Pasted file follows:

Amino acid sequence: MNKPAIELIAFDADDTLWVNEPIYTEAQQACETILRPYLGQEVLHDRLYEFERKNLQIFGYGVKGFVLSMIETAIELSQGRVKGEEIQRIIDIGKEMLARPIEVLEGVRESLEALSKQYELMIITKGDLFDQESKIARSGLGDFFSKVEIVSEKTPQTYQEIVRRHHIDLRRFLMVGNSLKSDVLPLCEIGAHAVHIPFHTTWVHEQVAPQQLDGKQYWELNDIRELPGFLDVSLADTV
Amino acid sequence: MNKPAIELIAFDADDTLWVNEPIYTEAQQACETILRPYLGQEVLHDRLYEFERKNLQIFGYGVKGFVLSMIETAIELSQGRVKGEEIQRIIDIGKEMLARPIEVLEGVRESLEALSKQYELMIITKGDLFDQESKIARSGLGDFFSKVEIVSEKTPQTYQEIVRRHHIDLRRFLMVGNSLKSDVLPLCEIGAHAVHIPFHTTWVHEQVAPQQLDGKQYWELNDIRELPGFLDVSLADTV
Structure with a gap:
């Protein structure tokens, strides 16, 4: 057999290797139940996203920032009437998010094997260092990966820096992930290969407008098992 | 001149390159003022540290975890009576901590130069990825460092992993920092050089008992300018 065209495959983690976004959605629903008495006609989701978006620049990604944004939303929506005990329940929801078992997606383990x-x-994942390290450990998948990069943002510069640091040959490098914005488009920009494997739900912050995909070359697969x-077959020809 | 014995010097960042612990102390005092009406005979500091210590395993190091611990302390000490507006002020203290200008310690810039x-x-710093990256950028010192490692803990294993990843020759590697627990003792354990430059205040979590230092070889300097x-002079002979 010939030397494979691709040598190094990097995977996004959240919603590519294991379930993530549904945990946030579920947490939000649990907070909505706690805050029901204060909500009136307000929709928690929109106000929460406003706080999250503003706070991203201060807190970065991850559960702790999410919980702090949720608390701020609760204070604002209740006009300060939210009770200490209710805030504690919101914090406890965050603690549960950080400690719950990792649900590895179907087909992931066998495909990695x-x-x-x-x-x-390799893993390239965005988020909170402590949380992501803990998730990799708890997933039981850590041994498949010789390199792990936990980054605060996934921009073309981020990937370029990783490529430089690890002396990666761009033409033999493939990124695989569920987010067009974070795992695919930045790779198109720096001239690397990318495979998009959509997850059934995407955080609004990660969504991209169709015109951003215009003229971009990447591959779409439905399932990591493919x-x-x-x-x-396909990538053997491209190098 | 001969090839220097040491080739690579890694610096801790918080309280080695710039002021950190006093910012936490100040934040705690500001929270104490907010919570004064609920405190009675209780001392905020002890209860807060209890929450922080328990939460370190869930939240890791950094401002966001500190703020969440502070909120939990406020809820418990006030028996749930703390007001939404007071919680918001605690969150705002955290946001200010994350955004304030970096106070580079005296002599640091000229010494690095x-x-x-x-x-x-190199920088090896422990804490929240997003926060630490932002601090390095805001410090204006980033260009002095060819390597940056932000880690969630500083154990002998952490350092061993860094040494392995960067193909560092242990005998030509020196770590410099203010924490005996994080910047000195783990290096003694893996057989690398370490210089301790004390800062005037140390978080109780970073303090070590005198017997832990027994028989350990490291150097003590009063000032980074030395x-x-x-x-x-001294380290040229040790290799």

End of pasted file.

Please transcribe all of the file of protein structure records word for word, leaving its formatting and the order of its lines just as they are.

Amino acid sequence: MNKPAIELIAFDADDTLWVNEPIYTEAQQACETILRPYLGQEVLHDRLYEFERKNLQIFGYGVKGFVLSMIETAIELSQGRVKGEEIQRIIDIGKEMLARPIEVLEGVRESLEALSKQYELMIITKGDLFDQESKIARSGLGDFFSKVEIVSEKTPQTYQEIVRRHHIDLRRFLMVGNSLKSDVLPLCEIGAHAVHIPFHTTWVHEQVAPQQLDGKQYWELNDIRELPGFLDVSLADTV
Amino acid sequence: MNKPAIELIAFDADDTLWVNEPIYTEAQQACETILRPYLGQEVLHDRLYEFERKNLQIFGYGVKGFVLSMIETAIELSQGRVKGEEIQRIIDIGKEMLARPIEVLEGVRESLEALSKQYELMIITKGDLFDQESKIARSGLGDFFSKVEIVSEKTPQTYQEIVRRHHIDLRRFLMVGNSLKSDVLPLCEIGAHAVHIPFHTTWVHEQVAPQQLDGKQYWELNDIRELPGFLDVSLADTV
Structure with a gap:
């Protein structure tokens, strides 16, 4: 057999290797139940996203920032009437998010094997260092990966820096992930290969407008098992 | 001149390159003022540290975890009576901590130069990825460092992993920092050089008992300018 065209495959983690976004959605629903008495006609989701978006620049990604944004939303929506005990329940929801078992997606383990x-x-994942390290450990998948990069943002510069640091040959490098914005488009920009494997739900912050995909070359697969x-077959020809 | 014995010097960042612990102390005092009406005979500091210590395993190091611990302390000490507006002020203290200008310690810039x-x-710093990256950028010192490692803990294993990843020759590697627990003792354990430059205040979590230092070889300097x-002079002979 010939030397494979691709040598190094990097995977996004959240919603590519294991379930993530549904945990946030579920947490939000649990907070909505706690805050029901204060909500009136307000929709928690929109106000929460406003706080999250503003706070991203201060807190970065991850559960702790999410919980702090949720608390701020609760204070604002209740006009300060939210009770200490209710805030504690919101914090406890965050603690549960950080400690719950990792649900590895179907087909992931066998495909990695x-x-x-x-x-x-390799893993390239965005988020909170402590949380992501803990998730990799708890997933039981850590041994498949010789390199792990936990980054605060996934921009073309981020990937370029990783490529430089690890002396990666761009033409033999493939990124695989569920987010067009974070795992695919930045790779198109720096001239690397990318495979998009959509997850059934995407955080609004990660969504991209169709015109951003215009003229971009990447591959779409439905399932990591493919x-x-x-x-x-396909990538053997491209190098 | 001969090839220097040491080739690579890694610096801790918080309280080695710039002021950190006093910012936490100040934040705690500001929270104490907010919570004064609920405190009675209780001392905020002890209860807060209890929450922080328990939460370190869930939240890791950094401002966001500190703020969440502070909120939990406020809820418990006030028996749930703390007001939404007071919680918001605690969150705002955290946001200010994350955004304030970096106070580079005296002599640091000229010494690095x-x-x-x-x-x-190199920088090896422990804490929240997003926060630490932002601090390095805001410090204006980033260009002095060819390597940056932000880690969630500083154990002998952490350092061993860094040494392995960067193909560092242990005998030509020196770590410099203010924490005996994080910047000195783990290096003694893996057989690398370490210089301790004390800062005037140390978080109780970073303090070590005198017997832990027994028989350990490291150097003590009063000032980074030395x-x-x-x-x-001294380290040229040790290799």